Section 7701(a) is clearly the main basis — it covers in essence all appealable agency adverse actions — and we have held that our jurisdiction of section 7701(a) actions is "plenary." Rosano v. Department of the Navy, 699 F.2d 1315, 1317 (Fed. Cir. 1983). Section 7701(a) is expressly made the jurisdictional basis for actions under sections 4303(e) (actions based on unacceptable performance), 7513(d) (adverse actions taken to promote the efficiency of the service), 7121(e) (grievance procedures), 7543(d) (actions against senior executives), and 3593 and 3595 (reinstatement or reduction in force in the Senior Executive Service). Section 5335(c) (withholding of periodic step increase), though it mentions no jurisdictional basis, has been held to be appealable under section 7701. Meyer v. Department of Health Human Services, 666 F.2d 540, 544-45 (Ct.Cl. 1981). Likewise, many actions made appealable to the MSPB by OPM regulation (see section 7701(a), 5 C.F.R. § 1201.3(a)(8)) would be appealed under section 7701, through the regulations do not specifically mention it. See, e.g., 5 C.F.R., § 351.901 (reduction in force); 5 C.F.R. § 300.104(a) (employment practices). Finally, section 8347(d)(2) (OPM mental disability) determinations are expressly reviewed under section 7701(a).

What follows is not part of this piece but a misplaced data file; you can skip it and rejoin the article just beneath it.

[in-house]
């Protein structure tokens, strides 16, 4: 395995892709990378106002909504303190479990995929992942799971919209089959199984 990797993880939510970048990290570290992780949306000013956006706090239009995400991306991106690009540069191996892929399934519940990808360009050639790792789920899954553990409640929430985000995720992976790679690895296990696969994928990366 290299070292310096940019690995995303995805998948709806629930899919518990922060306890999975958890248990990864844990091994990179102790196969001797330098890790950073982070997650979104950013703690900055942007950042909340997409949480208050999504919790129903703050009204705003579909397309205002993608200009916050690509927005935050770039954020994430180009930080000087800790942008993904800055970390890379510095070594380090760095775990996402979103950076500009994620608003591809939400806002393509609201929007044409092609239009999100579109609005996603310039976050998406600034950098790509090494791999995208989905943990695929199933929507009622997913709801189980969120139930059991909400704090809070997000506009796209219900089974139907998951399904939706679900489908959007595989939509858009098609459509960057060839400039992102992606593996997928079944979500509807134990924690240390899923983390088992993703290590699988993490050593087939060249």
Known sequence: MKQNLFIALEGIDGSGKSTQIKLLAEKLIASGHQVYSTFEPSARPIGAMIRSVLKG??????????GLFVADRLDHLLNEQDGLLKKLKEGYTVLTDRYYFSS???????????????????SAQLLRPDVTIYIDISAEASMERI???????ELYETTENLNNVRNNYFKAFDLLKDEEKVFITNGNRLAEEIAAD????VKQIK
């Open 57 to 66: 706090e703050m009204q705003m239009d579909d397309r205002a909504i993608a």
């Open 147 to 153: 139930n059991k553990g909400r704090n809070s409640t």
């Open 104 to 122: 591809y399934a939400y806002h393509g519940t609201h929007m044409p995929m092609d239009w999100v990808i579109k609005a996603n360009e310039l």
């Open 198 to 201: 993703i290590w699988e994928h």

Non-7701(a) cases would include, first, section 7702 (discrimination) cases which do not come to the Federal Circuit at all. Secondly, section 8347(d)(1) (OPM physical disability) determinations are also heard by the MSPB, but are either reviewed, as I see it, under Scroggins standards, i.e., a lower standard than for section 7701, or, as the majority sees it, not at all, i.e., a much lower standard than 7701. Thirdly, those non-7701(a) cases referred to in section 7703(a)(2), then, must include actions pursuant to sections 1206(c) and (h) (special counsel actions) and possibly 3592 (removal from the Senior Executive Service). Finally, MSPB decisions regarding award of attorney's fees under section 7701(g)(1) do not originate in an agency but are nevertheless reviewable by this court. See, e.g., Sterner v. Department of the Army, 711 F.2d 1563 (Fed. Cir. 1983).
See notes 2 and 3, supra.
To sum up, if one starts with section 7703(a)(1), one finds that this court has jurisdiction of all MSPB decisions except discrimination cases and possibly certain Special Counsel and Senior Executive Service cases. MSPB decisions fall into five categories — section 7701(a), non-7701(a) ( i.e., those indicated by section 7703(a)(2)), physical disability determinations, attorney's fees awards, and discrimination — each of which categories has a different (or no) standard of review in this court.